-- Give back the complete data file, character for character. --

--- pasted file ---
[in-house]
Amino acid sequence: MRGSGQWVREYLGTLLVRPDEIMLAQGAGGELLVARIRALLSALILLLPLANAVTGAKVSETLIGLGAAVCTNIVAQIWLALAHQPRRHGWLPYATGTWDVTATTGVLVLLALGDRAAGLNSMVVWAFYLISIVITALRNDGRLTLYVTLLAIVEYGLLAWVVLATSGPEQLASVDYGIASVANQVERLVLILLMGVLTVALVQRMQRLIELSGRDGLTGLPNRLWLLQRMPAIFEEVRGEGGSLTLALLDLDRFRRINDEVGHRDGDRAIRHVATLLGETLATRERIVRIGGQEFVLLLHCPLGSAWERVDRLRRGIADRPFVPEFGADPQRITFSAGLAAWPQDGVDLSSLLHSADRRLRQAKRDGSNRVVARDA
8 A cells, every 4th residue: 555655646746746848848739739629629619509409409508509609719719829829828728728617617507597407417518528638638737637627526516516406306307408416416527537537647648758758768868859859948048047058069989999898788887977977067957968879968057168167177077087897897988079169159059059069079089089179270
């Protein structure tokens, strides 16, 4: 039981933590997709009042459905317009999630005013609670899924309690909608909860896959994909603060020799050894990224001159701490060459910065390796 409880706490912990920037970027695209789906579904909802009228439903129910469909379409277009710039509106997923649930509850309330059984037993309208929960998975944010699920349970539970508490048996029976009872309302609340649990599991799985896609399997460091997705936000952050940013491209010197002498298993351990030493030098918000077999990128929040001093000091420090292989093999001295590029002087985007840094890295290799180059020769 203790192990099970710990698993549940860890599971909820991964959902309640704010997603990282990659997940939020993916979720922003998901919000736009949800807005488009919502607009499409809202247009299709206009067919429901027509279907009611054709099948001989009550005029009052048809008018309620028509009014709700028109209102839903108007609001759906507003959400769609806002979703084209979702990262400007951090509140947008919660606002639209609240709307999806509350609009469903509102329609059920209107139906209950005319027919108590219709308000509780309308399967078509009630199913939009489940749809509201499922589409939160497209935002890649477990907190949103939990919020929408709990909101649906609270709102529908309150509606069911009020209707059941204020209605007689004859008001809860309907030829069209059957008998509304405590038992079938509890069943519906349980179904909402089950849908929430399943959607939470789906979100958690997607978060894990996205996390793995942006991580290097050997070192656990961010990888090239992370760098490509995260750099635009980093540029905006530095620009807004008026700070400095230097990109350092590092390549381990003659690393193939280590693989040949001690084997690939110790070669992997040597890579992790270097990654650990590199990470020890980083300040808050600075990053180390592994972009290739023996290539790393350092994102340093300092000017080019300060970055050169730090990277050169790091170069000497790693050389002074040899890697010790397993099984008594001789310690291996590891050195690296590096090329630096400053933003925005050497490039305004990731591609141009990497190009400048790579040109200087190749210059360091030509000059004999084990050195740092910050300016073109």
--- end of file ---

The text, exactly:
[in-house]
Amino acid sequence: MRGSGQWVREYLGTLLVRPDEIMLAQGAGGELLVARIRALLSALILLLPLANAVTGAKVSETLIGLGAAVCTNIVAQIWLALAHQPRRHGWLPYATGTWDVTATTGVLVLLALGDRAAGLNSMVVWAFYLISIVITALRNDGRLTLYVTLLAIVEYGLLAWVVLATSGPEQLASVDYGIASVANQVERLVLILLMGVLTVALVQRMQRLIELSGRDGLTGLPNRLWLLQRMPAIFEEVRGEGGSLTLALLDLDRFRRINDEVGHRDGDRAIRHVATLLGETLATRERIVRIGGQEFVLLLHCPLGSAWERVDRLRRGIADRPFVPEFGADPQRITFSAGLAAWPQDGVDLSSLLHSADRRLRQAKRDGSNRVVARDA
8 A cells, every 4th residue: 555655646746746848848739739629629619509409409508509609719719829829828728728617617507597407417518528638638737637627526516516406306307408416416527537537647648758758768868859859948048047058069989999898788887977977067957968879968057168167177077087897897988079169159059059069079089089179270
């Protein structure tokens, strides 16, 4: 039981933590997709009042459905317009999630005013609670899924309690909608909860896959994909603060020799050894990224001159701490060459910065390796 409880706490912990920037970027695209789906579904909802009228439903129910469909379409277009710039509106997923649930509850309330059984037993309208929960998975944010699920349970539970508490048996029976009872309302609340649990599991799985896609399997460091997705936000952050940013491209010197002498298993351990030493030098918000077999990128929040001093000091420090292989093999001295590029002087985007840094890295290799180059020769 203790192990099970710990698993549940860890599971909820991964959902309640704010997603990282990659997940939020993916979720922003998901919000736009949800807005488009919502607009499409809202247009299709206009067919429901027509279907009611054709099948001989009550005029009052048809008018309620028509009014709700028109209102839903108007609001759906507003959400769609806002979703084209979702990262400007951090509140947008919660606002639209609240709307999806509350609009469903509102329609059920209107139906209950005319027919108590219709308000509780309308399967078509009630199913939009489940749809509201499922589409939160497209935002890649477990907190949103939990919020929408709990909101649906609270709102529908309150509606069911009020209707059941204020209605007689004859008001809860309907030829069209059957008998509304405590038992079938509890069943519906349980179904909402089950849908929430399943959607939470789906979100958690997607978060894990996205996390793995942006991580290097050997070192656990961010990888090239992370760098490509995260750099635009980093540029905006530095620009807004008026700070400095230097990109350092590092390549381990003659690393193939280590693989040949001690084997690939110790070669992997040597890579992790270097990654650990590199990470020890980083300040808050600075990053180390592994972009290739023996290539790393350092994102340093300092000017080019300060970055050169730090990277050169790091170069000497790693050389002074040899890697010790397993099984008594001789310690291996590891050195690296590096090329630096400053933003925005050497490039305004990731591609141009990497190009400048790579040109200087190749210059360091030509000059004999084990050195740092910050300016073109």